"I hadn't seen any pictures of it in a few weeks, and I was thinking, 'Somebody must have killed him,'" Bergeron said of the buck that had been estimated at 150 to 160 inches Boone & Crockett.
But in the last minutes of the morning hunt, the Lafayette hunter shot the deer and it has been scored in the mid 170s.
The hunt didn't start very well, however, even though weather conditions were perfect.
Bergeron decided to hunt his brother-in-law's climber from which an 8-point had been killed the weekend before, but when he got there the hunter had trouble even get started with the hunt because of the icy conditions.
"I went to get in the stand, and couldn't get in," he said. "My boots were sliding."
In addition, the stand was older and so small that Bergeron had to leave his backpack on the ground.
And then, once he finally got settled, he dropped the only bottle of water he had.
"I was counting down the time to get down," Bergeron laughed. "I'm used to a nice, big climber, and this was, like, a 1970s rusted-over climber.
"I was waiting for 9 a.m."
He was watching woods that had been cleared, offering a long opening stretching out in front of the stand. He could see easily get a 100-yard shot off, and that's exactly where the buck that had been killed the weekend before was ambushed.
Behind the stand was thicker, so Bergeron ignored that area.
His strategy seemed to be confirmed when a doe slipped across the shooting lane about 7:45.
And then nothing else happened. Bergeron started looking at his watch, counting down the minutes until he could get out of his uncomfortable perch.
"I had plans to do some scouting," he said. "I was like, 8:45, 8:50, 8:55."
Right at 9 a.m., the hunter decided it was time to ease down the tree. But a crunch sounded behind him as he was looking down to grab his hunter-orange vest.
"I didn't think much of it because they have chipmunks and squirrels everywhere up there," Bergeron said.
Then he heard a limb snap.
"I twisted all the way around, and he was right behind me," Bergeron said. "I saw him and turned right back around and said, 'That's him.'"
The big rack had only been seen for a second, but double split G2s gave Bergeron all the evidence he needed.
The deer, munching on acorns, was only 20 yards behind the concealed hunter. Bergeron eased around to get a shot, studiously ignoring the head of the big buck.
"I purposely didn't look at the rack," Bergeron said. "I didn't want to get nervous."
The deer was obscured by thick cover, so Bergeron found a hole about 20 yards away that he could drill a bullet through.
"I had both eyes open," he said. "With one I watched the deer and with the other one I watched through the scope."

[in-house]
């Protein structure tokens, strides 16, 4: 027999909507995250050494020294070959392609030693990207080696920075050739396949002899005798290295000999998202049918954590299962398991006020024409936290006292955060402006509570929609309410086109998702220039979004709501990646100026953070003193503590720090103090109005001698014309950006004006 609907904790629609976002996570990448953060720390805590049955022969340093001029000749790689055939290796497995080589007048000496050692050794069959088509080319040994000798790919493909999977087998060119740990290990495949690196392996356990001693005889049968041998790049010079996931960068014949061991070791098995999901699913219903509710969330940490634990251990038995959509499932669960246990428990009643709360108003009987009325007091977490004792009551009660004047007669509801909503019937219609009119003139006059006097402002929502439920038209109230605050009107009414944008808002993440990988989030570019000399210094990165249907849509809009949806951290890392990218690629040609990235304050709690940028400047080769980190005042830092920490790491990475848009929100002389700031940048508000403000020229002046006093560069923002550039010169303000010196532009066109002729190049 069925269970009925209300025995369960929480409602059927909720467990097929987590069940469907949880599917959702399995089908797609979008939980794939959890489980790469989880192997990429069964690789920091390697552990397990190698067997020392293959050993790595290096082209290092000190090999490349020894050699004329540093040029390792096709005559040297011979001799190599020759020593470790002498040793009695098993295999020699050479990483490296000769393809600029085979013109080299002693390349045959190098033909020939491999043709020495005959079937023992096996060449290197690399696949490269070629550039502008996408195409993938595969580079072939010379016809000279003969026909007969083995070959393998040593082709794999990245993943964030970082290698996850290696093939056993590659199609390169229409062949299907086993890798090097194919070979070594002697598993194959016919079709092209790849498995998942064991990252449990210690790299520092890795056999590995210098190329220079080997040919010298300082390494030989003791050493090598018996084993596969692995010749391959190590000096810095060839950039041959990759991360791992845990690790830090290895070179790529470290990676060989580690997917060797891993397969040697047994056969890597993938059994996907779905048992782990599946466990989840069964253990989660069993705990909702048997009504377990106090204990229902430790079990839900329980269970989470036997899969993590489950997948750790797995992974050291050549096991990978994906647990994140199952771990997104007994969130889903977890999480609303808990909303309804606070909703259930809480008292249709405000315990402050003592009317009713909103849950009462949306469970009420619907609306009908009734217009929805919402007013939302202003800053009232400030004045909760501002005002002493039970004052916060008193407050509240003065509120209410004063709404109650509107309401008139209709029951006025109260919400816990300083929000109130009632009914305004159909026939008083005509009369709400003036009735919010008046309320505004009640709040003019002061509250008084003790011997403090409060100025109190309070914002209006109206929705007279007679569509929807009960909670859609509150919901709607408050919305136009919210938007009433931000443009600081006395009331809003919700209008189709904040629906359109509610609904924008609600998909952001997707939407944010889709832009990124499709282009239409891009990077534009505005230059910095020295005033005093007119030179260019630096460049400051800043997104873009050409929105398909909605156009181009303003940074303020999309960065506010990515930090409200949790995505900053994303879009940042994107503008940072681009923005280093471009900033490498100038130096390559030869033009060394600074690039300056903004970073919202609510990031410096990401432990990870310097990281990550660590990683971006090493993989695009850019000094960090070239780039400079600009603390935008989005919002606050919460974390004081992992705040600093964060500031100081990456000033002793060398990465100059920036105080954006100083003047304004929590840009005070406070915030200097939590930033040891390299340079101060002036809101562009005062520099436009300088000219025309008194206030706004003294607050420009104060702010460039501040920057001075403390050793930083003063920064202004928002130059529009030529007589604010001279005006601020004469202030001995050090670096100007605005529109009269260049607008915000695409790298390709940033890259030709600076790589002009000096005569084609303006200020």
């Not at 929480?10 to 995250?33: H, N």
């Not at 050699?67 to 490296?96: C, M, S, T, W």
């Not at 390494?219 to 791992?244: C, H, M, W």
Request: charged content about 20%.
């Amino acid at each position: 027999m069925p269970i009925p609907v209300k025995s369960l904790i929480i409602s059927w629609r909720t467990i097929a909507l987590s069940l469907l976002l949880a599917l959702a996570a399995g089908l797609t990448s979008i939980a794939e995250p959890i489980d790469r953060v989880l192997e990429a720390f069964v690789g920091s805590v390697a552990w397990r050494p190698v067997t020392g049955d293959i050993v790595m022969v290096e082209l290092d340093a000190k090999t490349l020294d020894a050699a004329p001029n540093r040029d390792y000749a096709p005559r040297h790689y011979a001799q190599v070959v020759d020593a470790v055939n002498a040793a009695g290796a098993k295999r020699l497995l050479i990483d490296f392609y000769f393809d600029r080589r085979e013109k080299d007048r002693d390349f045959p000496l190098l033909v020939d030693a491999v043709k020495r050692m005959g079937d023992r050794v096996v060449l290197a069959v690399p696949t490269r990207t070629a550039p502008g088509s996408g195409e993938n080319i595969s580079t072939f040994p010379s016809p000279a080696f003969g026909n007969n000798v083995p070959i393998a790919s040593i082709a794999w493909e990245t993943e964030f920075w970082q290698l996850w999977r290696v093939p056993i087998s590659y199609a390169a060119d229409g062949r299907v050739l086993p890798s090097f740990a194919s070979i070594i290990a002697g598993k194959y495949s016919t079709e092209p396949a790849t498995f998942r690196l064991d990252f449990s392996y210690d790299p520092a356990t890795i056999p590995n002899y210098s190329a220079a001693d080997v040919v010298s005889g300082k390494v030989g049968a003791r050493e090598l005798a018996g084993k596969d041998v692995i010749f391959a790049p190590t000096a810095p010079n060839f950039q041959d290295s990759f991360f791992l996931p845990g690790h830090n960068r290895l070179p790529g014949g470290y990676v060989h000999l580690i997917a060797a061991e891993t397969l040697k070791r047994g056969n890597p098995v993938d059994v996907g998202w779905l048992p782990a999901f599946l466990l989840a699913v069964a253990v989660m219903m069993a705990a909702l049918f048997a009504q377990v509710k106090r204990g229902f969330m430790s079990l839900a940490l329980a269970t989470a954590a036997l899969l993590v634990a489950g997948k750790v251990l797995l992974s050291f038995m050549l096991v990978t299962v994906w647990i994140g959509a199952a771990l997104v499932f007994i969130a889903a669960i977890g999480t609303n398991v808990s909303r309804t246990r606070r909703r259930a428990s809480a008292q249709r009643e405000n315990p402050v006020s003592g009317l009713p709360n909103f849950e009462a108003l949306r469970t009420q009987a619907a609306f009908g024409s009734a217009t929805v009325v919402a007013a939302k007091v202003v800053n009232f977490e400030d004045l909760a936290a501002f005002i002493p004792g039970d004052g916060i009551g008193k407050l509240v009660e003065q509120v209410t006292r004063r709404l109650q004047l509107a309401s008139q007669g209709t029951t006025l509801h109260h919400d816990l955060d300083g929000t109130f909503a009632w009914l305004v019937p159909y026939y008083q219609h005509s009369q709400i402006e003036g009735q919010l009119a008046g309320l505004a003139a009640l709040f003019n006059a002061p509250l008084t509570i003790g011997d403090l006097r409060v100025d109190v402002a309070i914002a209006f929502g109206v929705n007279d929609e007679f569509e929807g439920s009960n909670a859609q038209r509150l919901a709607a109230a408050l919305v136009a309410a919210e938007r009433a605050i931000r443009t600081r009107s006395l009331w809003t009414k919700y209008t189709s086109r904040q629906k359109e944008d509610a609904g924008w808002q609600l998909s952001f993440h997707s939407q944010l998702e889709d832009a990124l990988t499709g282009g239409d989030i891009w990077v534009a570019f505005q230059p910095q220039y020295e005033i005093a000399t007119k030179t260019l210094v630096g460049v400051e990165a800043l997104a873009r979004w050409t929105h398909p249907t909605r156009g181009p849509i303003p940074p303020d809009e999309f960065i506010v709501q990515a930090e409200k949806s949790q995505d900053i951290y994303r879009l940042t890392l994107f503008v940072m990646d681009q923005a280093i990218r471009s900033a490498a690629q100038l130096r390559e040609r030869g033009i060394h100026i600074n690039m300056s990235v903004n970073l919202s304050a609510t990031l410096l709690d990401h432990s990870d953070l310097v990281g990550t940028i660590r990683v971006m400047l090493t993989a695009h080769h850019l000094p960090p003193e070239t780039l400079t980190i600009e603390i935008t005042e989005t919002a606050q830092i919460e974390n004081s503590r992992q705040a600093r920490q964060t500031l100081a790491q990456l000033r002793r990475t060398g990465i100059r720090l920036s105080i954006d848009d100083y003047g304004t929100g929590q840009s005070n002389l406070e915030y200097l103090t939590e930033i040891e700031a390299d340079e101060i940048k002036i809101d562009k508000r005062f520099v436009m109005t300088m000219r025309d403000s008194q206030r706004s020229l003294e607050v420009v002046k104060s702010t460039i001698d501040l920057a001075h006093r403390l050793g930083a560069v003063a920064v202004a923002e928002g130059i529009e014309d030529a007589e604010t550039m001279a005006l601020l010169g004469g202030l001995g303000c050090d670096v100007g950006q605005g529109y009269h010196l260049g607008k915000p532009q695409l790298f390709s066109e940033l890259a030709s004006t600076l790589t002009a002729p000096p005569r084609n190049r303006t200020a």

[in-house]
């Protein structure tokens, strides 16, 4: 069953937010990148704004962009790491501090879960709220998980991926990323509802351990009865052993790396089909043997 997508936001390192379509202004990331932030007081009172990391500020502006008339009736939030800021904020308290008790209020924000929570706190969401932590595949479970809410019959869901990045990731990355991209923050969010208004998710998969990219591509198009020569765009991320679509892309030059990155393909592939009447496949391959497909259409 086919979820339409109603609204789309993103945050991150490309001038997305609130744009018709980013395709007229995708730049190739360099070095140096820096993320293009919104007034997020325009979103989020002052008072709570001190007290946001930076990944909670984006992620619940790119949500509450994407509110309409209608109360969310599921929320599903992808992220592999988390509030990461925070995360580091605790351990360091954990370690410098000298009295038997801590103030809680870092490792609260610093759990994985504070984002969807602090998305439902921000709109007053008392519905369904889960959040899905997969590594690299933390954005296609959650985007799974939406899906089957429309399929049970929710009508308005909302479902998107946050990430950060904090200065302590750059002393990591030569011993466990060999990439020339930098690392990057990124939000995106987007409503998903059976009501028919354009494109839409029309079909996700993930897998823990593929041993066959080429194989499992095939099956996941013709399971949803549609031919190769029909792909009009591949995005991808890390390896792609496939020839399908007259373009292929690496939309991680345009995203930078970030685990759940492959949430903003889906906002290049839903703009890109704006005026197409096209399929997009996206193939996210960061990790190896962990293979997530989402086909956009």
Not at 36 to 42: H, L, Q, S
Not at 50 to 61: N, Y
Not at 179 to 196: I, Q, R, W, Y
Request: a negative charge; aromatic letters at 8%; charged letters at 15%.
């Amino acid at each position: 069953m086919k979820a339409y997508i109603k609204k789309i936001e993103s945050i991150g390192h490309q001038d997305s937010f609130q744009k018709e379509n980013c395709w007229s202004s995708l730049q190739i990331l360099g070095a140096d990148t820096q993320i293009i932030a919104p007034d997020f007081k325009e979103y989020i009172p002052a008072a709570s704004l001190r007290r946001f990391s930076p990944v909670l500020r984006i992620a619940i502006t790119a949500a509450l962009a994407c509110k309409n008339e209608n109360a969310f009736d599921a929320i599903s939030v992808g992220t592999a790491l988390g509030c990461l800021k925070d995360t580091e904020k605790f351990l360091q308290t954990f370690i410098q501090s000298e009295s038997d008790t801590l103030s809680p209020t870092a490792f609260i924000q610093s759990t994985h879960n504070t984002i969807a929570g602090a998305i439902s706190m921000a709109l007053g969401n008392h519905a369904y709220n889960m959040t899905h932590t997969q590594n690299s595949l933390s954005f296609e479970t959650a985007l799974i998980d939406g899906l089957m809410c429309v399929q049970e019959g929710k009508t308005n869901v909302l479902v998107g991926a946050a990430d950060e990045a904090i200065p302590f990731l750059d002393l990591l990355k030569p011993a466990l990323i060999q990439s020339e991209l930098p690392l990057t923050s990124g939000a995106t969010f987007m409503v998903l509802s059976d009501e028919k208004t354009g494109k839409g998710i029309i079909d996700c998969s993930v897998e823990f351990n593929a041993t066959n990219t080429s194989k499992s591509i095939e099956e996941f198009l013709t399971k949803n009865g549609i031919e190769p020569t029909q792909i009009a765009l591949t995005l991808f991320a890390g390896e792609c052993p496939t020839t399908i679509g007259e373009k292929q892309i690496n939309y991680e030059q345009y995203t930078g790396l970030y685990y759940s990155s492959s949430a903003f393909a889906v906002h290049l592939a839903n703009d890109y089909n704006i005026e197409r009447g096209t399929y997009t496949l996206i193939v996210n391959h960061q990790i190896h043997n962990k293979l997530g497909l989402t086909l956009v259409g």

The deer obliged and eased the direction of the opening.
As soon as the shoulder hit the opening, Bergeron stopped the buck with a mouth bleat and a shot rang out.
The buck buckled, and raced away. But the satisfying crashing sound of the deer going down drifted quickly drifted through the woods.
To that point, nerves hadn't been an issue for Bergeron. He pulled out his cell phone and called his father, who was hunting nearby. As he told the story, the shakes started.
His second call was his brother-in-law, who didn't believe a word of the story.
"He was like, 'Um hm. When am I supposed to start believing you?'" Bergeron said.
When he finally got down and met his father, the younger Bergeron headed back to the truck to shuck his insulated jumper and meet his father-in-law and brother-in-law.
His dad had located the deer by the time the other hunters showed up, but he waited for Ryan Bergeron before walking up to the buck.
"I get closer and I'm, like, 'Oh, man!'" the younger Bergeron said. "My brother-in-law was, like, 'Holy crap!'"
Holy crap, indeed.
That buck's rack was tremendous, featuring 10 towering typical mainframe points with twin stickers off the G2s. The inside spread surpassed 20 inches, and the G2s were both in the 13-inch range.
The bases were about 5 inches.
"When I walked up, even before I touched him I almost had a tear in my eye," Bergeron said. "We didn't even touch him at first.
"When I finally picked his head up, I was, like, 'This is a big deer!'"
He said he was just stunned to have killed the deer.
"I went to Missouri this year to kill a trophy," Bergeron said. "I paid all this money to go to Missouri, and I killed this deer in Louisiana."
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